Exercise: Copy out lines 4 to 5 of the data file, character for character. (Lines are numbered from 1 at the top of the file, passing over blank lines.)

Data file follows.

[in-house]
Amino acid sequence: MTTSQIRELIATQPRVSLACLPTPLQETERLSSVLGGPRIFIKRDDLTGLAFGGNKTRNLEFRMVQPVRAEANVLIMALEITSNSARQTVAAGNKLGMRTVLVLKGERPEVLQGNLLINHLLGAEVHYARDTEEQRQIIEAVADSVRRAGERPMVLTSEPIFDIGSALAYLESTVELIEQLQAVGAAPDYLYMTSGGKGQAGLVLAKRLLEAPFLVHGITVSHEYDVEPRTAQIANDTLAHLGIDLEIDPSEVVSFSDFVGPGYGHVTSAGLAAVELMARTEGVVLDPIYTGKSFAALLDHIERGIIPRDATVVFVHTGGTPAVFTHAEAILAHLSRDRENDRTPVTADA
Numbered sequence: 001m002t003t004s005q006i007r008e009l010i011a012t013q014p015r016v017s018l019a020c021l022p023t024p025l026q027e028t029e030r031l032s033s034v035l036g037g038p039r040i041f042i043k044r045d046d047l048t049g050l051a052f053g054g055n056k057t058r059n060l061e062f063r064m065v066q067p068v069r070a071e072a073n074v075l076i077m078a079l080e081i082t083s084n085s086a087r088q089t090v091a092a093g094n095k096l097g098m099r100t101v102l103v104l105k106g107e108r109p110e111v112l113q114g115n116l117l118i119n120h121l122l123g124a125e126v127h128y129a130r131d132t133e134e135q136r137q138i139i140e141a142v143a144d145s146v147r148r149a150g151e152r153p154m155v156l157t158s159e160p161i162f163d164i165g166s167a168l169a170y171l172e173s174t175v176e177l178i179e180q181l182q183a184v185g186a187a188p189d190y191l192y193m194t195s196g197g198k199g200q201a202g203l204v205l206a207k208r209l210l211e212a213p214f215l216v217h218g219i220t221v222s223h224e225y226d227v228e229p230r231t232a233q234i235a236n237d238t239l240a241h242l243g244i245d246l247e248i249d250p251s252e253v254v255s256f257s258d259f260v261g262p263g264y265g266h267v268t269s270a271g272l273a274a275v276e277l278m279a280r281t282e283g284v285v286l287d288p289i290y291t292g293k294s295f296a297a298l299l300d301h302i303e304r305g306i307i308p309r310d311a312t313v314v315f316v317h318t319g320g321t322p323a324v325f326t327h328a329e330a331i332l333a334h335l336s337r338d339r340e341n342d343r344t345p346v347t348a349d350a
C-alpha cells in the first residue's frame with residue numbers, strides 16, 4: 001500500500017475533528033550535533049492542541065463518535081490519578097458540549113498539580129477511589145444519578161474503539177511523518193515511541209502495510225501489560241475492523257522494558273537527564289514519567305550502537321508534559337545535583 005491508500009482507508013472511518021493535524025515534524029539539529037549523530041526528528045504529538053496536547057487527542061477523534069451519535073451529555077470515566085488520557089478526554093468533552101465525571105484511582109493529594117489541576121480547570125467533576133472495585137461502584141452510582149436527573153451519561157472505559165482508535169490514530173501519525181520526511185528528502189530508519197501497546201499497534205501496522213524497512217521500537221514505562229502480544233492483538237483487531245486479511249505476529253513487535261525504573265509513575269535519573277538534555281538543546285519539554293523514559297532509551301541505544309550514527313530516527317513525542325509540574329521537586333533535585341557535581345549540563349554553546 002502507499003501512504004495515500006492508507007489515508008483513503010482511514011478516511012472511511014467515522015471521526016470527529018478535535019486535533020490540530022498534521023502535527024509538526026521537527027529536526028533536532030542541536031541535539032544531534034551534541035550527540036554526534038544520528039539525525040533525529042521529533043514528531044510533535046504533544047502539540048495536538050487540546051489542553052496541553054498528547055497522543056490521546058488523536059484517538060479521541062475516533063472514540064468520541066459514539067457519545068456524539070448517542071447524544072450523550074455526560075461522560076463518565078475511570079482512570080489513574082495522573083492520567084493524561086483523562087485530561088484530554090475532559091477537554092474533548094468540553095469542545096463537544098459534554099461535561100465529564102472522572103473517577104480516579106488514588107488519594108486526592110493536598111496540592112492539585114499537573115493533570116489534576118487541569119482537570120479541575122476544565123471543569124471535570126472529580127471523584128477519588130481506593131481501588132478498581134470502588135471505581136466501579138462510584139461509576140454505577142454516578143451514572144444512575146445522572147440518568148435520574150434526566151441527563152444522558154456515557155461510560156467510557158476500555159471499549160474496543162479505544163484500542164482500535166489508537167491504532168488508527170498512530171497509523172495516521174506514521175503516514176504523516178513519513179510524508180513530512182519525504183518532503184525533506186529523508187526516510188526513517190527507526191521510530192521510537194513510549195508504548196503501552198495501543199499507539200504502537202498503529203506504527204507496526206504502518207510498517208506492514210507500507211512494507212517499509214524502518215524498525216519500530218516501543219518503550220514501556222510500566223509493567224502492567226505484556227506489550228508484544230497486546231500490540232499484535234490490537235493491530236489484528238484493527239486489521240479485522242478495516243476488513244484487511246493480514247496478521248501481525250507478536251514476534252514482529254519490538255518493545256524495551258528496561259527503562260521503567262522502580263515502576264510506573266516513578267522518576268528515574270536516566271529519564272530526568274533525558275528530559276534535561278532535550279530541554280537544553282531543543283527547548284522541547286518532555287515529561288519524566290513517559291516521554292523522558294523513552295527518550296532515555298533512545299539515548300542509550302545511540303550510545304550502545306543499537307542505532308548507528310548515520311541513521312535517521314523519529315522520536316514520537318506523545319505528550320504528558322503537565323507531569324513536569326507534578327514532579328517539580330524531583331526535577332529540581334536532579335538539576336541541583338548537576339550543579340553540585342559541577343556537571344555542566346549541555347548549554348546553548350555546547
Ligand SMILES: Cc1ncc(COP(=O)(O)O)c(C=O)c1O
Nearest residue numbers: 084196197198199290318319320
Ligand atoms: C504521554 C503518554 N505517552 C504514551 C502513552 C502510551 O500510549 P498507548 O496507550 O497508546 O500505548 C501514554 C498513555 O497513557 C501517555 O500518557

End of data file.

C-alpha cells in the first residue's frame with residue numbers, strides 16, 4: 001500500500017475533528033550535533049492542541065463518535081490519578097458540549113498539580129477511589145444519578161474503539177511523518193515511541209502495510225501489560241475492523257522494558273537527564289514519567305550502537321508534559337545535583 005491508500009482507508013472511518021493535524025515534524029539539529037549523530041526528528045504529538053496536547057487527542061477523534069451519535073451529555077470515566085488520557089478526554093468533552101465525571105484511582109493529594117489541576121480547570125467533576133472495585137461502584141452510582149436527573153451519561157472505559165482508535169490514530173501519525181520526511185528528502189530508519197501497546201499497534205501496522213524497512217521500537221514505562229502480544233492483538237483487531245486479511249505476529253513487535261525504573265509513575269535519573277538534555281538543546285519539554293523514559297532509551301541505544309550514527313530516527317513525542325509540574329521537586333533535585341557535581345549540563349554553546 002502507499003501512504004495515500006492508507007489515508008483513503010482511514011478516511012472511511014467515522015471521526016470527529018478535535019486535533020490540530022498534521023502535527024509538526026521537527027529536526028533536532030542541536031541535539032544531534034551534541035550527540036554526534038544520528039539525525040533525529042521529533043514528531044510533535046504533544047502539540048495536538050487540546051489542553052496541553054498528547055497522543056490521546058488523536059484517538060479521541062475516533063472514540064468520541066459514539067457519545068456524539070448517542071447524544072450523550074455526560075461522560076463518565078475511570079482512570080489513574082495522573083492520567084493524561086483523562087485530561088484530554090475532559091477537554092474533548094468540553095469542545096463537544098459534554099461535561100465529564102472522572103473517577104480516579106488514588107488519594108486526592110493536598111496540592112492539585114499537573115493533570116489534576118487541569119482537570120479541575122476544565123471543569124471535570126472529580127471523584128477519588130481506593131481501588132478498581134470502588135471505581136466501579138462510584139461509576140454505577142454516578143451514572144444512575146445522572147440518568148435520574150434526566151441527563152444522558154456515557155461510560156467510557158476500555159471499549160474496543162479505544163484500542164482500535166489508537167491504532168488508527170498512530171497509523172495516521174506514521175503516514176504523516178513519513179510524508180513530512182519525504183518532503184525533506186529523508187526516510188526513517190527507526191521510530192521510537194513510549195508504548196503501552198495501543199499507539200504502537202498503529203506504527204507496526206504502518207510498517208506492514210507500507211512494507212517499509214524502518215524498525216519500530218516501543219518503550220514501556222510500566223509493567224502492567226505484556227506489550228508484544230497486546231500490540232499484535234490490537235493491530236489484528238484493527239486489521240479485522242478495516243476488513244484487511246493480514247496478521248501481525250507478536251514476534252514482529254519490538255518493545256524495551258528496561259527503562260521503567262522502580263515502576264510506573266516513578267522518576268528515574270536516566271529519564272530526568274533525558275528530559276534535561278532535550279530541554280537544553282531543543283527547548284522541547286518532555287515529561288519524566290513517559291516521554292523522558294523513552295527518550296532515555298533512545299539515548300542509550302545511540303550510545304550502545306543499537307542505532308548507528310548515520311541513521312535517521314523519529315522520536316514520537318506523545319505528550320504528558322503537565323507531569324513536569326507534578327514532579328517539580330524531583331526535577332529540581334536532579335538539576336541541583338548537576339550543579340553540585342559541577343556537571344555542566346549541555347548549554348546553548350555546547
Ligand SMILES: Cc1ncc(COP(=O)(O)O)c(C=O)c1O